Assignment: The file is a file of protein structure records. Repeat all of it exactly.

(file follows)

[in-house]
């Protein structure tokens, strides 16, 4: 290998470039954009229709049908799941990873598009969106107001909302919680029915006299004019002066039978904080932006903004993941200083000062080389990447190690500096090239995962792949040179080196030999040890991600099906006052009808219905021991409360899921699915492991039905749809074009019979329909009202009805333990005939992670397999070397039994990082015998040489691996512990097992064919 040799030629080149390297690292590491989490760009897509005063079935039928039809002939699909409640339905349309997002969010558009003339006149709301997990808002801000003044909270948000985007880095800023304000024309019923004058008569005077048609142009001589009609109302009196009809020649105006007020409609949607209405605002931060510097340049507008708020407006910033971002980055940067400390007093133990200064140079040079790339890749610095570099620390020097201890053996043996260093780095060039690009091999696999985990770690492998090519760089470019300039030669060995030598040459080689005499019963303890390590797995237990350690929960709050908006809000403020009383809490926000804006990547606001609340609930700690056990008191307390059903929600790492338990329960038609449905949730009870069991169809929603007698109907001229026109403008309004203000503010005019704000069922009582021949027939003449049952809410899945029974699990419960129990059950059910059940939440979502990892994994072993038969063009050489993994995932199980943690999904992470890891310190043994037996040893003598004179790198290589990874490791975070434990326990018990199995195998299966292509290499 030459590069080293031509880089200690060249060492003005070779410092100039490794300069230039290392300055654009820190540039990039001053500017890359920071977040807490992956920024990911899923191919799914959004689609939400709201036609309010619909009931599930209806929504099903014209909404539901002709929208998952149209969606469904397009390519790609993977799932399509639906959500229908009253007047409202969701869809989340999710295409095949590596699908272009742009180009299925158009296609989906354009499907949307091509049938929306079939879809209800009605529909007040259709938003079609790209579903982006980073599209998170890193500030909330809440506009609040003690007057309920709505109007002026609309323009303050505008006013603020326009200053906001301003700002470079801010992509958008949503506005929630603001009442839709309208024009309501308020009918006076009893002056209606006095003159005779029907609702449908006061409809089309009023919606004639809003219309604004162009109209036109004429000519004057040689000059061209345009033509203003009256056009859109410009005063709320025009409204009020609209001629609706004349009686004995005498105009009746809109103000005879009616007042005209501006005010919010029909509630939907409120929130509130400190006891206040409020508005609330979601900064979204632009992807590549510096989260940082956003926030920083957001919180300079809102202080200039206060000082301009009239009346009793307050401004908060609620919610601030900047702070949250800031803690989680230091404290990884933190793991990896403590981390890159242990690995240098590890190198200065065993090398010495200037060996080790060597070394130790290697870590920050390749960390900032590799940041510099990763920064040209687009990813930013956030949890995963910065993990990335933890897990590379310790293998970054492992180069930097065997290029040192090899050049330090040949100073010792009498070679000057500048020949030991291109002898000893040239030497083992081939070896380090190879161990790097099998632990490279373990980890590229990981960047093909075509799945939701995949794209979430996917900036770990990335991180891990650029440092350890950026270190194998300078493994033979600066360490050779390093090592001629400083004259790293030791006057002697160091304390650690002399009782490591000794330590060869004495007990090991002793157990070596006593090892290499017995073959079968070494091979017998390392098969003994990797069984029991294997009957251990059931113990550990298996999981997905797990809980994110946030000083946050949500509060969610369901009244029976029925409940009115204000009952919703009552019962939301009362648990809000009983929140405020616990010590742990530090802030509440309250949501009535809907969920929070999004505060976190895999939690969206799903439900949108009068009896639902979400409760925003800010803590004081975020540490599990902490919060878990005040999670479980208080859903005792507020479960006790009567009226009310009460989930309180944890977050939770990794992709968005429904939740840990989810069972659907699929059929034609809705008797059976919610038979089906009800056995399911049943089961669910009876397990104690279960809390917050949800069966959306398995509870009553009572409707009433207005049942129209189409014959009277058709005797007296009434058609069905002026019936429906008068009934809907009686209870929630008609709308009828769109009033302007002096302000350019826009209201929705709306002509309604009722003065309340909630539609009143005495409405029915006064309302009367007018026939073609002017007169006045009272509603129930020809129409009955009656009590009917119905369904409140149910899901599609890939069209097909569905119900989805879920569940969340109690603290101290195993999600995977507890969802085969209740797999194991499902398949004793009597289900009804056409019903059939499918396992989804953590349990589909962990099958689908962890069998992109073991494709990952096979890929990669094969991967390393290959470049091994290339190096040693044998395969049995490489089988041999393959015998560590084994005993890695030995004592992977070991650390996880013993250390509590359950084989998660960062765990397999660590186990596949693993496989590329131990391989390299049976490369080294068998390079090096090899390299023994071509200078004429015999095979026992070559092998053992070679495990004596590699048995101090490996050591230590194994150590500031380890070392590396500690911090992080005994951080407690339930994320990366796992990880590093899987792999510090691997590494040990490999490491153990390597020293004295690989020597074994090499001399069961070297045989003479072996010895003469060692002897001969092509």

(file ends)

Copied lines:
[in-house]
């Protein structure tokens, strides 16, 4: 290998470039954009229709049908799941990873598009969106107001909302919680029915006299004019002066039978904080932006903004993941200083000062080389990447190690500096090239995962792949040179080196030999040890991600099906006052009808219905021991409360899921699915492991039905749809074009019979329909009202009805333990005939992670397999070397039994990082015998040489691996512990097992064919 040799030629080149390297690292590491989490760009897509005063079935039928039809002939699909409640339905349309997002969010558009003339006149709301997990808002801000003044909270948000985007880095800023304000024309019923004058008569005077048609142009001589009609109302009196009809020649105006007020409609949607209405605002931060510097340049507008708020407006910033971002980055940067400390007093133990200064140079040079790339890749610095570099620390020097201890053996043996260093780095060039690009091999696999985990770690492998090519760089470019300039030669060995030598040459080689005499019963303890390590797995237990350690929960709050908006809000403020009383809490926000804006990547606001609340609930700690056990008191307390059903929600790492338990329960038609449905949730009870069991169809929603007698109907001229026109403008309004203000503010005019704000069922009582021949027939003449049952809410899945029974699990419960129990059950059910059940939440979502990892994994072993038969063009050489993994995932199980943690999904992470890891310190043994037996040893003598004179790198290589990874490791975070434990326990018990199995195998299966292509290499 030459590069080293031509880089200690060249060492003005070779410092100039490794300069230039290392300055654009820190540039990039001053500017890359920071977040807490992956920024990911899923191919799914959004689609939400709201036609309010619909009931599930209806929504099903014209909404539901002709929208998952149209969606469904397009390519790609993977799932399509639906959500229908009253007047409202969701869809989340999710295409095949590596699908272009742009180009299925158009296609989906354009499907949307091509049938929306079939879809209800009605529909007040259709938003079609790209579903982006980073599209998170890193500030909330809440506009609040003690007057309920709505109007002026609309323009303050505008006013603020326009200053906001301003700002470079801010992509958008949503506005929630603001009442839709309208024009309501308020009918006076009893002056209606006095003159005779029907609702449908006061409809089309009023919606004639809003219309604004162009109209036109004429000519004057040689000059061209345009033509203003009256056009859109410009005063709320025009409204009020609209001629609706004349009686004995005498105009009746809109103000005879009616007042005209501006005010919010029909509630939907409120929130509130400190006891206040409020508005609330979601900064979204632009992807590549510096989260940082956003926030920083957001919180300079809102202080200039206060000082301009009239009346009793307050401004908060609620919610601030900047702070949250800031803690989680230091404290990884933190793991990896403590981390890159242990690995240098590890190198200065065993090398010495200037060996080790060597070394130790290697870590920050390749960390900032590799940041510099990763920064040209687009990813930013956030949890995963910065993990990335933890897990590379310790293998970054492992180069930097065997290029040192090899050049330090040949100073010792009498070679000057500048020949030991291109002898000893040239030497083992081939070896380090190879161990790097099998632990490279373990980890590229990981960047093909075509799945939701995949794209979430996917900036770990990335991180891990650029440092350890950026270190194998300078493994033979600066360490050779390093090592001629400083004259790293030791006057002697160091304390650690002399009782490591000794330590060869004495007990090991002793157990070596006593090892290499017995073959079968070494091979017998390392098969003994990797069984029991294997009957251990059931113990550990298996999981997905797990809980994110946030000083946050949500509060969610369901009244029976029925409940009115204000009952919703009552019962939301009362648990809000009983929140405020616990010590742990530090802030509440309250949501009535809907969920929070999004505060976190895999939690969206799903439900949108009068009896639902979400409760925003800010803590004081975020540490599990902490919060878990005040999670479980208080859903005792507020479960006790009567009226009310009460989930309180944890977050939770990794992709968005429904939740840990989810069972659907699929059929034609809705008797059976919610038979089906009800056995399911049943089961669910009876397990104690279960809390917050949800069966959306398995509870009553009572409707009433207005049942129209189409014959009277058709005797007296009434058609069905002026019936429906008068009934809907009686209870929630008609709308009828769109009033302007002096302000350019826009209201929705709306002509309604009722003065309340909630539609009143005495409405029915006064309302009367007018026939073609002017007169006045009272509603129930020809129409009955009656009590009917119905369904409140149910899901599609890939069209097909569905119900989805879920569940969340109690603290101290195993999600995977507890969802085969209740797999194991499902398949004793009597289900009804056409019903059939499918396992989804953590349990589909962990099958689908962890069998992109073991494709990952096979890929990669094969991967390393290959470049091994290339190096040693044998395969049995490489089988041999393959015998560590084994005993890695030995004592992977070991650390996880013993250390509590359950084989998660960062765990397999660590186990596949693993496989590329131990391989390299049976490369080294068998390079090096090899390299023994071509200078004429015999095979026992070559092998053992070679495990004596590699048995101090490996050591230590194994150590500031380890070392590396500690911090992080005994951080407690339930994320990366796992990880590093899987792999510090691997590494040990490999490491153990390597020293004295690989020597074994090499001399069961070297045989003479072996010895003469060692002897001969092509």